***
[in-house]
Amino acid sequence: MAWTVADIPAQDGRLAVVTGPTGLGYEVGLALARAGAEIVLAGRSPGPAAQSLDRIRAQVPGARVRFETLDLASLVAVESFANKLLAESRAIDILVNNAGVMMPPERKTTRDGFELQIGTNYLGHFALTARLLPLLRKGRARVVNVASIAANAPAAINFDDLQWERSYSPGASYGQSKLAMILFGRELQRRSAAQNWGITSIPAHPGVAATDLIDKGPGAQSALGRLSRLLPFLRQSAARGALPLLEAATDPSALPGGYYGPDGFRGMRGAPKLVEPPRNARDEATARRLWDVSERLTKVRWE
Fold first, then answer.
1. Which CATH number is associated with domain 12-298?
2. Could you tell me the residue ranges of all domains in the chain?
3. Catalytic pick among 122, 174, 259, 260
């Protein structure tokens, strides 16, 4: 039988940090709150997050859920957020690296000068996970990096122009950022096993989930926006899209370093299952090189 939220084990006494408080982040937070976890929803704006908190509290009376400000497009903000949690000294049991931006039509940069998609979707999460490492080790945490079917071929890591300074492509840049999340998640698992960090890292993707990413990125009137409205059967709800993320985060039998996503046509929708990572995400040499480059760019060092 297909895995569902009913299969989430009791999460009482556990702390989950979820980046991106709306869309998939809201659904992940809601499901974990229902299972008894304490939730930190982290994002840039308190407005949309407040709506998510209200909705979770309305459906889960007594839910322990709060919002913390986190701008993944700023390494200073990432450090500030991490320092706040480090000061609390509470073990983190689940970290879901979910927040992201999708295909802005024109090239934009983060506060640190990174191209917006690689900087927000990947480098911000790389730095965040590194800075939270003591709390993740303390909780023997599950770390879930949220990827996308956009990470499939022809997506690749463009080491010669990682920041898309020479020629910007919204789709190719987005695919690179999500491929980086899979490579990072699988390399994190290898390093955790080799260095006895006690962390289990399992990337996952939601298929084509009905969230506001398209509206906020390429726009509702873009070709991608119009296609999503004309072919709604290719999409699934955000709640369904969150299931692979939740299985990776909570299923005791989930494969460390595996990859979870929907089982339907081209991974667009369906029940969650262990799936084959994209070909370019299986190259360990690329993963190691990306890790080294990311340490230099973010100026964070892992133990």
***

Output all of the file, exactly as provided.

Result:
[in-house]
Amino acid sequence: MAWTVADIPAQDGRLAVVTGPTGLGYEVGLALARAGAEIVLAGRSPGPAAQSLDRIRAQVPGARVRFETLDLASLVAVESFANKLLAESRAIDILVNNAGVMMPPERKTTRDGFELQIGTNYLGHFALTARLLPLLRKGRARVVNVASIAANAPAAINFDDLQWERSYSPGASYGQSKLAMILFGRELQRRSAAQNWGITSIPAHPGVAATDLIDKGPGAQSALGRLSRLLPFLRQSAARGALPLLEAATDPSALPGGYYGPDGFRGMRGAPKLVEPPRNARDEATARRLWDVSERLTKVRWE
Fold first, then answer.
1. Which CATH number is associated with domain 12-298?
2. Could you tell me the residue ranges of all domains in the chain?
3. Catalytic pick among 122, 174, 259, 260
């Protein structure tokens, strides 16, 4: 039988940090709150997050859920957020690296000068996970990096122009950022096993989930926006899209370093299952090189 939220084990006494408080982040937070976890929803704006908190509290009376400000497009903000949690000294049991931006039509940069998609979707999460490492080790945490079917071929890591300074492509840049999340998640698992960090890292993707990413990125009137409205059967709800993320985060039998996503046509929708990572995400040499480059760019060092 297909895995569902009913299969989430009791999460009482556990702390989950979820980046991106709306869309998939809201659904992940809601499901974990229902299972008894304490939730930190982290994002840039308190407005949309407040709506998510209200909705979770309305459906889960007594839910322990709060919002913390986190701008993944700023390494200073990432450090500030991490320092706040480090000061609390509470073990983190689940970290879901979910927040992201999708295909802005024109090239934009983060506060640190990174191209917006690689900087927000990947480098911000790389730095965040590194800075939270003591709390993740303390909780023997599950770390879930949220990827996308956009990470499939022809997506690749463009080491010669990682920041898309020479020629910007919204789709190719987005695919690179999500491929980086899979490579990072699988390399994190290898390093955790080799260095006895006690962390289990399992990337996952939601298929084509009905969230506001398209509206906020390429726009509702873009070709991608119009296609999503004309072919709604290719999409699934955000709640369904969150299931692979939740299985990776909570299923005791989930494969460390595996990859979870929907089982339907081209991974667009369906029940969650262990799936084959994209070909370019299986190259360990690329993963190691990306890790080294990311340490230099973010100026964070892992133990």